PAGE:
Lebanese demonstrators clash with security forces during an anti-government protest, in the downtown area of the capital Beirut on Sunday.
Politics

New protests in Lebanon in a 10 hour ‘Battle of Beirut’

“We won’t leave, We won’t leave. Just arrest all the protesters!”

Thousands of Lebanese protesters took to the streets again on Sunday as an official investigation began into a 10-hour battle in Beirut the previous night.

The protesters who showed up in Beirut on Sunday chanted against the security crackdown and called for an independent new head of government unaffiliated with established political parties.

The crowd assembled in its thousands, many raising Lebanese flags, said: “We won’t leave, We won’t leave. Just arrest all the protesters!”

Others raised posters saying the tear gas would not keep them away. “We are crying already … fire more tears gas, we will not leave,” said one protestor.

The streets leading to parliament were filled with men, women and children. Some huddled in smaller groups while others were lifted on shoulders chanting in megaphones.

Lebanon is facing the worst economic crisis since the 1975-1990 civil war, rooted in decades of state waste and corruption that has landed the country with one of the world’s heaviest public debt burdens.

Saturday’s Battleground: Beirut rocked with violence by masked security forces

Lebanon's protest movement took a violent turn on Saturday night as security forces cracked down on demonstrators in central Beirut, firing tear gas and rubber bullets and wounding dozens.

At least 130 people were injured in the most violent crackdown on protesters since nationwide demonstrations began two months ago against government corruption and ineptitude.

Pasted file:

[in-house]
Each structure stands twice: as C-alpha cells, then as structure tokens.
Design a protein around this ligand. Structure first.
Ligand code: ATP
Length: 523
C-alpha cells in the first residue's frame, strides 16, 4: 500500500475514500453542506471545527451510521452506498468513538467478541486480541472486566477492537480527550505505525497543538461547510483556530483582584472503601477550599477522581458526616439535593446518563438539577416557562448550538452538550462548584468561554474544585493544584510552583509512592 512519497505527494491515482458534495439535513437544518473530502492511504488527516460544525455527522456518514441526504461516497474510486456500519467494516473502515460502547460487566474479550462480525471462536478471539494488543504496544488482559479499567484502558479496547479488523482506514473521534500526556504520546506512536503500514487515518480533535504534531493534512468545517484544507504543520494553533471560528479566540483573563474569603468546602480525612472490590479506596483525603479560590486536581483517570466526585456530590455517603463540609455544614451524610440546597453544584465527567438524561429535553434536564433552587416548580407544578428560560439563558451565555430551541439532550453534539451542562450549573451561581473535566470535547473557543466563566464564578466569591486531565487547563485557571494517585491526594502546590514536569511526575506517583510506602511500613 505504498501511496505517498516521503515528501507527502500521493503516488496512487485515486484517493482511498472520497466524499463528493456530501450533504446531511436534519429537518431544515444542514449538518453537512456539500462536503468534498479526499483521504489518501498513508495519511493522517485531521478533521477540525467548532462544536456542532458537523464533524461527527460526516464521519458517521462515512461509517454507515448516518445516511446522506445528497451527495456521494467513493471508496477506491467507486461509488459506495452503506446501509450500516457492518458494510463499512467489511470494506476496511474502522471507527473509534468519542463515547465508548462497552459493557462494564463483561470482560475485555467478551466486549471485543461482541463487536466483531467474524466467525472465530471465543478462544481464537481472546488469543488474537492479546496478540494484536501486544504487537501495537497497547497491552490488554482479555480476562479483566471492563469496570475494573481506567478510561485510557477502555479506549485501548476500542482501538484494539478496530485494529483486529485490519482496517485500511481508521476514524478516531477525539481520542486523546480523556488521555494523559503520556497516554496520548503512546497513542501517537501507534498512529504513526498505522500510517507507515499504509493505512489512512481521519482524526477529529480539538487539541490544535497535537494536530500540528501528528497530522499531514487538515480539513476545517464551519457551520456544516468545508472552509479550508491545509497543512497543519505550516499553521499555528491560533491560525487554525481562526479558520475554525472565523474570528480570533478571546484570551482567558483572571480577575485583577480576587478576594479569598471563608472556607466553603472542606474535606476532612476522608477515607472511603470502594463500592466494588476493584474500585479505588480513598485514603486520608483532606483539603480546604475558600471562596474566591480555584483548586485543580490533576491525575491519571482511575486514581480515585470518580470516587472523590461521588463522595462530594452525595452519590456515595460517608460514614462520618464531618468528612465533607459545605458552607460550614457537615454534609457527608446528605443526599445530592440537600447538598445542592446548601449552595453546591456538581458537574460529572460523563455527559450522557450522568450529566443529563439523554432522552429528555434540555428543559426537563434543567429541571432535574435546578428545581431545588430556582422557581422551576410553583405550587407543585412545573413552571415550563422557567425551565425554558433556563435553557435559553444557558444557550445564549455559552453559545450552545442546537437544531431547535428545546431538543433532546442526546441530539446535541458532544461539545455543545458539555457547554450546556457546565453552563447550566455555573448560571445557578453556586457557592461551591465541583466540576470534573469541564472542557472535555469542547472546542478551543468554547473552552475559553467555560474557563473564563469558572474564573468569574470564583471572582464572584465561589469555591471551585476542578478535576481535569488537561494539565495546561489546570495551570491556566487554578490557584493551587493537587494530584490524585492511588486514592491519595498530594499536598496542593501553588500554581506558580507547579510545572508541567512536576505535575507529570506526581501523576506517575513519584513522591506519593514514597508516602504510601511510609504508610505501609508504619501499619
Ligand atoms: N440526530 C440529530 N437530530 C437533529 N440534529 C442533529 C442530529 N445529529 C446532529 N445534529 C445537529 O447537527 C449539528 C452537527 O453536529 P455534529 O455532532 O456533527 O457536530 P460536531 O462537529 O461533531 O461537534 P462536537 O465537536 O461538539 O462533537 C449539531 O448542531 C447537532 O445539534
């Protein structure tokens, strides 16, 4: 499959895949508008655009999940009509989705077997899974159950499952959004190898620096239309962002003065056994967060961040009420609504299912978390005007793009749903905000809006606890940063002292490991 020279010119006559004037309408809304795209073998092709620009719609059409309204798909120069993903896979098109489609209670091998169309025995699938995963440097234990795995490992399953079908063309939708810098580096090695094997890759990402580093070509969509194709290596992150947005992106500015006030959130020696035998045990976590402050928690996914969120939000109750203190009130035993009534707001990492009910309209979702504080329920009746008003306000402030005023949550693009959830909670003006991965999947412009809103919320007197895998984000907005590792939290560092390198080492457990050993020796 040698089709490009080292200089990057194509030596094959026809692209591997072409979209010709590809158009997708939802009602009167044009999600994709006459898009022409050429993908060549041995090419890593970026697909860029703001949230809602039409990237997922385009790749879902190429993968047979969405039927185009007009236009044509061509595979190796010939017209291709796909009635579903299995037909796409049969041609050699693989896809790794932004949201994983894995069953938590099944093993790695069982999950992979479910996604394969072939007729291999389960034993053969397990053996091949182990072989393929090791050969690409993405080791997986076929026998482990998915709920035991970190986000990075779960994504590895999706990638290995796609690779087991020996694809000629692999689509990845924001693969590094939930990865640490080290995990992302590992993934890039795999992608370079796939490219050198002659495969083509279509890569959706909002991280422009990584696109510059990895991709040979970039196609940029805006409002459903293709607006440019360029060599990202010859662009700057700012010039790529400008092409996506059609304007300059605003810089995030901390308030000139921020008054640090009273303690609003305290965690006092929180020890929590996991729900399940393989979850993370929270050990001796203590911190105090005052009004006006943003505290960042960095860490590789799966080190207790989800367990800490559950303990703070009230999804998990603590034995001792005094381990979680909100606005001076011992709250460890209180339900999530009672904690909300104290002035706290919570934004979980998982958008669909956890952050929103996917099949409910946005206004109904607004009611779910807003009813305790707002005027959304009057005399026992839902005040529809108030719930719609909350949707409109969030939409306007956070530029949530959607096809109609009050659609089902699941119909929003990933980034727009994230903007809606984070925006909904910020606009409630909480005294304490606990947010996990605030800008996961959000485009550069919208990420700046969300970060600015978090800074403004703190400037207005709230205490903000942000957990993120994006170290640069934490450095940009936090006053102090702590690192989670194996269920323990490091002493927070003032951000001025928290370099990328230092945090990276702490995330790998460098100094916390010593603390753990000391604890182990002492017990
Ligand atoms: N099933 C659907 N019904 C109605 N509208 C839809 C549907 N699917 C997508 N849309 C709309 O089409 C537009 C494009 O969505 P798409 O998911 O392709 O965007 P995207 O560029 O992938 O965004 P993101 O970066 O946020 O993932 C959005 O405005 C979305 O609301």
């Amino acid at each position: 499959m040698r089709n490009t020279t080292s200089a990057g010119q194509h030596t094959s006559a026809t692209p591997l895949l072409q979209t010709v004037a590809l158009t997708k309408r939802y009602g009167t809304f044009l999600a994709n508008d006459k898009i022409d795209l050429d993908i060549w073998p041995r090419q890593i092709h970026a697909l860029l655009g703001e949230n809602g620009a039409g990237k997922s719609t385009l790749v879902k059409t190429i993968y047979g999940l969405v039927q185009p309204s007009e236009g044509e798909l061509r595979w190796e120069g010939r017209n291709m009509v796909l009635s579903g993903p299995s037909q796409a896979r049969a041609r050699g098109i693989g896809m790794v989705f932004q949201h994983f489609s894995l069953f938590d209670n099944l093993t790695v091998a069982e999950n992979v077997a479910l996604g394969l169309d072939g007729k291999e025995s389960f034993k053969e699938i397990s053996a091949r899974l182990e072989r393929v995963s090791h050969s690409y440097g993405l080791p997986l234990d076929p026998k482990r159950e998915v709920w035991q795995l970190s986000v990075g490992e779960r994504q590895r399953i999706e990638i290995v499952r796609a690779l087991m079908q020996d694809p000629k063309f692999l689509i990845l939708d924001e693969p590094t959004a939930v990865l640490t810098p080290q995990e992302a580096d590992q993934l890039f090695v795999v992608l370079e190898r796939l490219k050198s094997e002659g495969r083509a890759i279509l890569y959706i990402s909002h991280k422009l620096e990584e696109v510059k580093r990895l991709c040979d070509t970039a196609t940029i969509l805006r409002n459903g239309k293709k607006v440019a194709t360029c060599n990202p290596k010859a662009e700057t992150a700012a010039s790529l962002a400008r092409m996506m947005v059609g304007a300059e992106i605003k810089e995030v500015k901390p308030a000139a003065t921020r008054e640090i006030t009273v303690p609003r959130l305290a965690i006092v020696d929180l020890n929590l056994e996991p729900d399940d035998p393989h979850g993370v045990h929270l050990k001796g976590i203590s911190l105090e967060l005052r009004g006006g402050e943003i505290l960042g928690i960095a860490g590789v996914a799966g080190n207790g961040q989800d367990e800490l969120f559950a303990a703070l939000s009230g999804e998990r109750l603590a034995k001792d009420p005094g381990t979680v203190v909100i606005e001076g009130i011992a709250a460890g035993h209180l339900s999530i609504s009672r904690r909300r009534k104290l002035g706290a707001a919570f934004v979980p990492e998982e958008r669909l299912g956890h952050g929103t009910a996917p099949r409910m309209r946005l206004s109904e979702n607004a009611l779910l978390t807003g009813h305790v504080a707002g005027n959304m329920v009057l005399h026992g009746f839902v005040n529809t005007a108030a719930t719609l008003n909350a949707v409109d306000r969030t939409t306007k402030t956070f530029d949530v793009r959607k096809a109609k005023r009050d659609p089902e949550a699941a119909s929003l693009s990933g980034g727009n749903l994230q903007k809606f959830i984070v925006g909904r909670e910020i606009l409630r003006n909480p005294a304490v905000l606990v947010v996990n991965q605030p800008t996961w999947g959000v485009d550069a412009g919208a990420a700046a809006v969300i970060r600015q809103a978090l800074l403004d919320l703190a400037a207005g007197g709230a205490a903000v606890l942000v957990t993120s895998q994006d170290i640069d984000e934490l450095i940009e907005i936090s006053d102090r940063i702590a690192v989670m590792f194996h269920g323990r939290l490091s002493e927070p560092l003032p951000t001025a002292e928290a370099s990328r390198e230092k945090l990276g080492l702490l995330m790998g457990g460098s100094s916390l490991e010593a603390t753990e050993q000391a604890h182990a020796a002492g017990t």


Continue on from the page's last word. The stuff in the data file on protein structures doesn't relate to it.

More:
Security forces fired tear gas and deployed water cannons throughout the night as downtown Beirut turned into a battleground. By morning, stones filled the streets, shop windows were broken and trees lay uprooted.

Witnesses saw masked men in civilian clothes mingling with security forces and attacking protesters. “There are parties trying to exploit the rightful protests to start a clash between the protesters and the security forces,” Interior Minister Raya El-Hassan said.

The minister said she viewed the violence “with concern, grief, and astonishment.”

“I have urged the leadership of the Internal Security Forces to conduct a quick and transparent investigation to identify those responsible,” she said.

Riot police had used tear gas and rubber-coated bullets beat and arrested protesters in an attempt to disperse rallies outside parliament in the capital overnight on Saturday.

The incident was one of the most violent crackdowns on protesters since nationwide anti-government demonstrations began two months ago, leading to the resignation of Prime Minister Saad Hariri on October 29.

Protesters want a new government of independent experts to be appointed to steer the country through its economic crisis, which they blame on policies adopted by the country’s ruling elite. The demonstrators also want early elections to be held based on a new, non-sectarian electoral law.

Sunday’s rally came just hours before the president was due to meet with representatives of parliamentary blocs to name a new prime minister. After weeks of bickering and despite calls from the protesters for a technocratic government, politicians seem set on bringing Hariri back to the post.

Saad Hariri, caretaker prime minister since he resigned in October, is the prime candidate to resume office.

Last Sunday the Sunni Muslim establishment threw its support behind Hariri returning, further angering protesters.

Parliamentary consultations are due to begin Monday at 10:30 a.m. (0830 GMT).

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New protests in Lebanon in a 10 hour ‘Battle of Beirut’
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